Also, from your cat’s perspective, having multiple boxes all lined up in a row is the same as having only one big box. Offer one more litter box location than you have cats so that all boxes cannot possibly be guarded or in use at any given time. Be sure to scoop daily — no exceptions! Dump and scrub the boxes every few weeks and replace them entirely every two years.

Vertical Space and Scratching

Vertical space and outlets for normal scratching behavior are very important aspects of feline environmental enrichment. Cats are the most three-dimensionally oriented of all of the species we share our homes with. It is absurd to think one can have a cat and NOT facilitate its innate need to climb. Cats take great comfort in being up high. Height allows them to survey a lot of area from a single vantage point and provides a sense of safety and security.

There is not usually one dominant cat in the feline world; it changes based on who owns a given space. The dominant cat changes from room to room, floor to floor, and piece of furniture to piece of furniture. Offering vertical space not only increases the usable square footage of your home, it allows cats to communicate hierarchy of a given space without confrontation. It gives the cats a chance to get up and away from other cats and find a solo resting spot. If you have multiple cats, dogs, or toddlers, vertical spaces can provide great spots for food bowls. I recommend placing cat condos near windows or sliding glass doors to facilitate bird and squirrel watching.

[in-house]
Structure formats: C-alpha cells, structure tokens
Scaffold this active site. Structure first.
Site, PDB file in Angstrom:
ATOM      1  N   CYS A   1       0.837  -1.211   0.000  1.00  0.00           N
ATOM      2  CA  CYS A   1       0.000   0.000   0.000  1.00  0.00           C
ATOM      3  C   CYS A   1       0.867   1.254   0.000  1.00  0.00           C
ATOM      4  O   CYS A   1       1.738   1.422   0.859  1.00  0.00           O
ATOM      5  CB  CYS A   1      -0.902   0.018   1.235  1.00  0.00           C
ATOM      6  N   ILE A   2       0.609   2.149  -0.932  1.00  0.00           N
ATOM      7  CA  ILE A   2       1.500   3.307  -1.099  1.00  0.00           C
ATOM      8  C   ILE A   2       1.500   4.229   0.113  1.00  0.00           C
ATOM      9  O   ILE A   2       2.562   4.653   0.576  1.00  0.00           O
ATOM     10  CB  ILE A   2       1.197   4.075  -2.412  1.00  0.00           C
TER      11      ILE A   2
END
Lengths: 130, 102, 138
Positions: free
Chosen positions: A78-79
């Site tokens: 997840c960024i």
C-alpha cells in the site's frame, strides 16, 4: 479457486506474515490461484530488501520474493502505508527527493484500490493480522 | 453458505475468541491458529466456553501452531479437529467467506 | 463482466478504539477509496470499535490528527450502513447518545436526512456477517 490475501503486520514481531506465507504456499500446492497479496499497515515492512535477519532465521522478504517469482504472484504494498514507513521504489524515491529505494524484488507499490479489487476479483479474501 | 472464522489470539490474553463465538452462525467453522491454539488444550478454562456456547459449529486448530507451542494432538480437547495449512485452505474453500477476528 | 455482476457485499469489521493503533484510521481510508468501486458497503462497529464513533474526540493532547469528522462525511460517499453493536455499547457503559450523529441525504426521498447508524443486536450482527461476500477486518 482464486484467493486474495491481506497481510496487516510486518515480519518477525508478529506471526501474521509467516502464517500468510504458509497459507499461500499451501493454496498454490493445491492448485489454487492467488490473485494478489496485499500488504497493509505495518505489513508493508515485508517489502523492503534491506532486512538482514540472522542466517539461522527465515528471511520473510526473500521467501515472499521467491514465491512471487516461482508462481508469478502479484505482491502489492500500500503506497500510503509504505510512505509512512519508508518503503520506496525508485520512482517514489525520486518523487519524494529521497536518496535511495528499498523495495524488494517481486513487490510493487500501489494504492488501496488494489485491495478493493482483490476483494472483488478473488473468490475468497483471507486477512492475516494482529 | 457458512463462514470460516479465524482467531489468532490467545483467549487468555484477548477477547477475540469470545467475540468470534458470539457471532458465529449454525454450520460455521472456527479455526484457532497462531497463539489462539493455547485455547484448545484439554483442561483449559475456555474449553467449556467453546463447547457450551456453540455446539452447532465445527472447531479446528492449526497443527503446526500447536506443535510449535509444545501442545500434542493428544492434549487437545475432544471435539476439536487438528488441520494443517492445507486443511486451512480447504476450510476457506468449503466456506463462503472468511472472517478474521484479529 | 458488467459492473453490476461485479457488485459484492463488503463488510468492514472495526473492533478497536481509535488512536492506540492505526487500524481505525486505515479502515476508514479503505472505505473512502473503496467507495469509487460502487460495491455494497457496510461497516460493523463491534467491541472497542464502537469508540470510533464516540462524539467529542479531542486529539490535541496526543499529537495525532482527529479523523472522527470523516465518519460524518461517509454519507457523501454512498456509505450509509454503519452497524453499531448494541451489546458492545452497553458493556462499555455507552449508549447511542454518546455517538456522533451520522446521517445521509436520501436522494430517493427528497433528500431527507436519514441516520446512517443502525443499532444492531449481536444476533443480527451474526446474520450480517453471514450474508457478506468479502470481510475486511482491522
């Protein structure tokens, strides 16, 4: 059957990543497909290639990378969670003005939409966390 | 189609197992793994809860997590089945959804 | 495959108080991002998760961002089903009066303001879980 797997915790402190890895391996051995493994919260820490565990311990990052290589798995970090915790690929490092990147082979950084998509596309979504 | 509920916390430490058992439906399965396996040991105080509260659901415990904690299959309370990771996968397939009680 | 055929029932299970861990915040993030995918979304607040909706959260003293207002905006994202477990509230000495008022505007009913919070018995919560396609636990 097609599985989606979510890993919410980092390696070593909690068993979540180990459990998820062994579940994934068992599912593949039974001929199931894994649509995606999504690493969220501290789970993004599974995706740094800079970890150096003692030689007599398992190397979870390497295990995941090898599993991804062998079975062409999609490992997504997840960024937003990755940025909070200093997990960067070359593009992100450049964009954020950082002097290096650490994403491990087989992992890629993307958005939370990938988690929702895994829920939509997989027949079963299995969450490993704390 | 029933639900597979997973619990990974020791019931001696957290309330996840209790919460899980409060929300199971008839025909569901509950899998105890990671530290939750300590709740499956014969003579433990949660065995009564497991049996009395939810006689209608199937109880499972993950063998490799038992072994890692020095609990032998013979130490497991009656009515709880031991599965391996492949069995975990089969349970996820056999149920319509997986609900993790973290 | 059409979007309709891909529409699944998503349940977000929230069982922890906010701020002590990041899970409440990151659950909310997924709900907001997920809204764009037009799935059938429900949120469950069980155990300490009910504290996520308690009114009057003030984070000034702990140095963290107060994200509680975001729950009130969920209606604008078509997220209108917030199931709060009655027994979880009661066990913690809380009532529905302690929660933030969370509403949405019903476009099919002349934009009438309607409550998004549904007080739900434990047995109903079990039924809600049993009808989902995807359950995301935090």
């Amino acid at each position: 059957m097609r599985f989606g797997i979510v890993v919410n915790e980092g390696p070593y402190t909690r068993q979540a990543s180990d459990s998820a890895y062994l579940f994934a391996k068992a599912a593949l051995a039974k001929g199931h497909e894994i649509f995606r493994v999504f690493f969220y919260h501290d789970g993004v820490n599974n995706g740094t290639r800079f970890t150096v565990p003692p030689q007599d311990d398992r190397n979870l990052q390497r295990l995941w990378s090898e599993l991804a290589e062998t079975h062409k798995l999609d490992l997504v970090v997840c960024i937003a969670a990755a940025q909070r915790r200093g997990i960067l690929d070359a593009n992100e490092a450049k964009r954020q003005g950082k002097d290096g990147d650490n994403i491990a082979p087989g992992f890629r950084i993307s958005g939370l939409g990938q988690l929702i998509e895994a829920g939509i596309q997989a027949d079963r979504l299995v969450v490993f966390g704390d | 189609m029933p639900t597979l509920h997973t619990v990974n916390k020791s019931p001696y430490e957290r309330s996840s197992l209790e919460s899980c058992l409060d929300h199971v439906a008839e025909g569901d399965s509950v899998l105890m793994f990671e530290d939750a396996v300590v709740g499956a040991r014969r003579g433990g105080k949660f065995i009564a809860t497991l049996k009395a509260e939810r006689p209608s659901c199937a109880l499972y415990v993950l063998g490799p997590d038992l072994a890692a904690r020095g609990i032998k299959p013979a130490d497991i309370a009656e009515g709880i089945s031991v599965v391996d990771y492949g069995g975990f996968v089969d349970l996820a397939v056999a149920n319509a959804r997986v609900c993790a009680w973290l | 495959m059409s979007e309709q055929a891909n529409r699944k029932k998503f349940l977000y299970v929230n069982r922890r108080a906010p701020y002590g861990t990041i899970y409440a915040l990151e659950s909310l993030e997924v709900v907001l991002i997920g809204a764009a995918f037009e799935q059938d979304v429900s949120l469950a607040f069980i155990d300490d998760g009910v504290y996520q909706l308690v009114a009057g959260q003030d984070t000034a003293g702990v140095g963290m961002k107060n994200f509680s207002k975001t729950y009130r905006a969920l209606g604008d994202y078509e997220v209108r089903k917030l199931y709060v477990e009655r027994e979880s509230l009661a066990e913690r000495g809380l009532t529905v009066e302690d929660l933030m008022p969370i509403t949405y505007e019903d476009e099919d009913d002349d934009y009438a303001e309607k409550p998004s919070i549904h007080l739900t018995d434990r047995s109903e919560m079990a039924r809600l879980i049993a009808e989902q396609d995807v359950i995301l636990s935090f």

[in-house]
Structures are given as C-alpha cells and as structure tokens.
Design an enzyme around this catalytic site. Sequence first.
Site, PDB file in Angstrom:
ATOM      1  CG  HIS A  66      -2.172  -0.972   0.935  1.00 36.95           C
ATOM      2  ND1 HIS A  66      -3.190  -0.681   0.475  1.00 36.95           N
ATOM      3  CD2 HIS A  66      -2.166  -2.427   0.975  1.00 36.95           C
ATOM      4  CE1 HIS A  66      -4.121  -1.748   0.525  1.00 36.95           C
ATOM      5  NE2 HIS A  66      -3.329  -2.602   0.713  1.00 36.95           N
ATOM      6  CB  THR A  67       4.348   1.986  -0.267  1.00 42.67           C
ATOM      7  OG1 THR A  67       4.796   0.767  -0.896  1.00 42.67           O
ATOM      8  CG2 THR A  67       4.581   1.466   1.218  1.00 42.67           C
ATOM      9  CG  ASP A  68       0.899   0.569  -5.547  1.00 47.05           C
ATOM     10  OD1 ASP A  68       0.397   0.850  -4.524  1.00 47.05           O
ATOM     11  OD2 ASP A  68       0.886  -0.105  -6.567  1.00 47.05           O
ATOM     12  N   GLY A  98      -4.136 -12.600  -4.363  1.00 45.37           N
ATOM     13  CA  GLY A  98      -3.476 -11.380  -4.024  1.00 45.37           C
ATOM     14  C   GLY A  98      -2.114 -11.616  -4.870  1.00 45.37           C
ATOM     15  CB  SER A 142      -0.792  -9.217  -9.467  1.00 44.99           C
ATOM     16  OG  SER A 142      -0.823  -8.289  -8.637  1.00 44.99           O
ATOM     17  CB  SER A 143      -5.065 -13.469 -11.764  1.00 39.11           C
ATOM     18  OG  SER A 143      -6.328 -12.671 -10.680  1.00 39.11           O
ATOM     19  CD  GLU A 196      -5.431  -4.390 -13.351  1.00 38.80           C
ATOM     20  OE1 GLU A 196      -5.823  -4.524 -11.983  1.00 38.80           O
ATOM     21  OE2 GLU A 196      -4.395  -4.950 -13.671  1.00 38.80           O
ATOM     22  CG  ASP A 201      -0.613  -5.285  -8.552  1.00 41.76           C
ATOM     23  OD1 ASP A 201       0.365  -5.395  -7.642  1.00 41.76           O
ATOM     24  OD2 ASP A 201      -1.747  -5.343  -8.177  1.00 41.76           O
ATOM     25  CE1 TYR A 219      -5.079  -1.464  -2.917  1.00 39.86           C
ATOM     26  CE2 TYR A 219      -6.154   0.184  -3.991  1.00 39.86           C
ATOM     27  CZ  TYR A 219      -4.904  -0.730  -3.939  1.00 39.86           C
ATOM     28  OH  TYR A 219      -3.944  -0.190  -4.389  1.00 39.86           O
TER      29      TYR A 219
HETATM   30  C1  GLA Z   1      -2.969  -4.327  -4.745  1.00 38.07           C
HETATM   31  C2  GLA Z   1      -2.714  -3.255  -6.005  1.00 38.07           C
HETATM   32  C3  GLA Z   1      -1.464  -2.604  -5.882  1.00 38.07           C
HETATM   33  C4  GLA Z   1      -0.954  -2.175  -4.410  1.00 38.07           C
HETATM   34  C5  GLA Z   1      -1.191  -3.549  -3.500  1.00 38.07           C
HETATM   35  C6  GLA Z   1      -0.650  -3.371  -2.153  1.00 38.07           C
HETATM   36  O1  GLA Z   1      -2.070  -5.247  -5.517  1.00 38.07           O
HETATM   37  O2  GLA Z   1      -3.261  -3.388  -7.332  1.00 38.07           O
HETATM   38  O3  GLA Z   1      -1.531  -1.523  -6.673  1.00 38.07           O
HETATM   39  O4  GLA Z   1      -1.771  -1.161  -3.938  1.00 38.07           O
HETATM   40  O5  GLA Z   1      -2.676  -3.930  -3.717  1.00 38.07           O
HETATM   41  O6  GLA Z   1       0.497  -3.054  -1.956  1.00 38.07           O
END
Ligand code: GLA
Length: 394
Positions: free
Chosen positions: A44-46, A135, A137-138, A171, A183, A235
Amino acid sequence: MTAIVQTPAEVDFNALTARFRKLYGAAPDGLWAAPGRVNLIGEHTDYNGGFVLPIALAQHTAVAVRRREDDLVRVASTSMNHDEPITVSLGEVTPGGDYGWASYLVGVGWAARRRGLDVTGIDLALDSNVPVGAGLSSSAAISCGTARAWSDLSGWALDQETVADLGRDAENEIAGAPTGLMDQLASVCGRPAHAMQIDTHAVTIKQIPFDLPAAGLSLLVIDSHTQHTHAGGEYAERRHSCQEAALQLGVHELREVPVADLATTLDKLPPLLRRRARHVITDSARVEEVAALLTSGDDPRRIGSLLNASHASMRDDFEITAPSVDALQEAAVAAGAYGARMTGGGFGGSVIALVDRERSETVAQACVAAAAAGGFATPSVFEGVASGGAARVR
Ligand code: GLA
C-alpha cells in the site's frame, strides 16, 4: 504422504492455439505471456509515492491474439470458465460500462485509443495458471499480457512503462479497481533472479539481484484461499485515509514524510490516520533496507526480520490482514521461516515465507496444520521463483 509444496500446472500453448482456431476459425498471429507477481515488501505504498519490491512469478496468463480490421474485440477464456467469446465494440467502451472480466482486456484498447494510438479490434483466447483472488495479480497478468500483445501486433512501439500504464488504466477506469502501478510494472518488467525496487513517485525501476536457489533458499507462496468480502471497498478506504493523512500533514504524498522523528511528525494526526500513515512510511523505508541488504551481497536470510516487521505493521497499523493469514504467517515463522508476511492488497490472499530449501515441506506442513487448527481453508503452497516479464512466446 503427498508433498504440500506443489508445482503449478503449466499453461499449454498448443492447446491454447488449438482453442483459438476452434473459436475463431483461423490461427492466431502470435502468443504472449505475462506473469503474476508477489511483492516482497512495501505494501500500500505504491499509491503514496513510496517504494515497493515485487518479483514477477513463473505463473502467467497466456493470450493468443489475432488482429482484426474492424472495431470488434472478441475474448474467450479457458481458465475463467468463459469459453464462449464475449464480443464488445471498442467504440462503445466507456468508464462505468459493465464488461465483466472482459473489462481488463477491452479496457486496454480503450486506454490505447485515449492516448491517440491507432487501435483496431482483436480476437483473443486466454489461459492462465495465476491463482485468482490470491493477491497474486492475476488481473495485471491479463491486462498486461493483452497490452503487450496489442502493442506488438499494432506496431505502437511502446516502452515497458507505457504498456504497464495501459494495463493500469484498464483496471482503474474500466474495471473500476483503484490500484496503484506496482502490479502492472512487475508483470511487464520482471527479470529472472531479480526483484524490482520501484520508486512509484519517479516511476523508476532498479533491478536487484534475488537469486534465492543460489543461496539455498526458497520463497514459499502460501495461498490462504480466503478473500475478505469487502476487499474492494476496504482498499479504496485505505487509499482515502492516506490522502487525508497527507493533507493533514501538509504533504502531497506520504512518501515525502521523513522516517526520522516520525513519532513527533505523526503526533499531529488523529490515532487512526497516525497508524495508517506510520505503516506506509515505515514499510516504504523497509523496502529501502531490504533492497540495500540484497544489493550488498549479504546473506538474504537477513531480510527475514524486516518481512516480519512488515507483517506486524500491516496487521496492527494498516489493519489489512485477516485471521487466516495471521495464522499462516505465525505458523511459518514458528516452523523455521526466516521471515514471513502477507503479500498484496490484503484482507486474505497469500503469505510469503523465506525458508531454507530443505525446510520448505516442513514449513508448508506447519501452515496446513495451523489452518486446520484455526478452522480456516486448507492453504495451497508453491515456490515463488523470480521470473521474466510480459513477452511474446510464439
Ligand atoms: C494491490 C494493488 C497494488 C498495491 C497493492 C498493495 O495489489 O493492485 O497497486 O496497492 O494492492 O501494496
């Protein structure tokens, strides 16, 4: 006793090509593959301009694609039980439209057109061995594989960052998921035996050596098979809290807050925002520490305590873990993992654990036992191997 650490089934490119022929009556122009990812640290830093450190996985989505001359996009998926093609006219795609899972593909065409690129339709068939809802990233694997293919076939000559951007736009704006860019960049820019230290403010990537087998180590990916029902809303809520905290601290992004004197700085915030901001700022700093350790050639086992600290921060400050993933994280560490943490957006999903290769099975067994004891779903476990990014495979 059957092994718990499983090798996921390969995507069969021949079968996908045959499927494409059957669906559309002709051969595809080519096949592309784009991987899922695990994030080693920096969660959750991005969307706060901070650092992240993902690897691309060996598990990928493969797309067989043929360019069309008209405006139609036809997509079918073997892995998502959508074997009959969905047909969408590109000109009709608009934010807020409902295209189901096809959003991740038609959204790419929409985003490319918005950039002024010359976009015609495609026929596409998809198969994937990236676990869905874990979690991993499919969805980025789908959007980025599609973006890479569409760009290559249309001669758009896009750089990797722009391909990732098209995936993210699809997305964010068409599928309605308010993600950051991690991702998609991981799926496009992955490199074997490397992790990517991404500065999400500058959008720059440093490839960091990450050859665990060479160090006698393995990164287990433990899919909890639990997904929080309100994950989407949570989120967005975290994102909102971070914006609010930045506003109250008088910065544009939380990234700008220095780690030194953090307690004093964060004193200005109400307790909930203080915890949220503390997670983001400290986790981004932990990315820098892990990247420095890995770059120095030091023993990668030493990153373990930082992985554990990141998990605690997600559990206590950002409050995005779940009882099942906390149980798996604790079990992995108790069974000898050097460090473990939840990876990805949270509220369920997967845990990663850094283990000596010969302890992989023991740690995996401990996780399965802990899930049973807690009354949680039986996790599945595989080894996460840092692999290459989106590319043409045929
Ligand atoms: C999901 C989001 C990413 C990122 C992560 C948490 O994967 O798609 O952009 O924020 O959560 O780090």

Climbing is also great exercise. Just as foraging toys are as close to letting a mouse loose in the house as we will get, indoor climbing opportunities are as close to providing trees as we can get. Cats need to scratch and scent mark too, and vertical spaces provide outlets for those innate behaviors as well. If you don’t give cats appropriate outlets to satisfy their need for heights, they will fulfill that need in less desirable places such as the top of the kitchen cabinets or refrigerator, the top of your closet on your clean clothes, or on a piece of furniture you would rather they not climb.

While we are on the subject of vertical space, let’s talk about scratching behavior. Cats scratch for four main reasons: to scent mark, to groom their nails, to stretch, and to blow off stress and frustration. Set your cats up for success. Cats do not feel the need to scratch mark in an empty guest bedroom where no one ever goes or in the basement where you spend zero time. Get an attractive post you can be proud of and put it in a prominent, high-traffic area.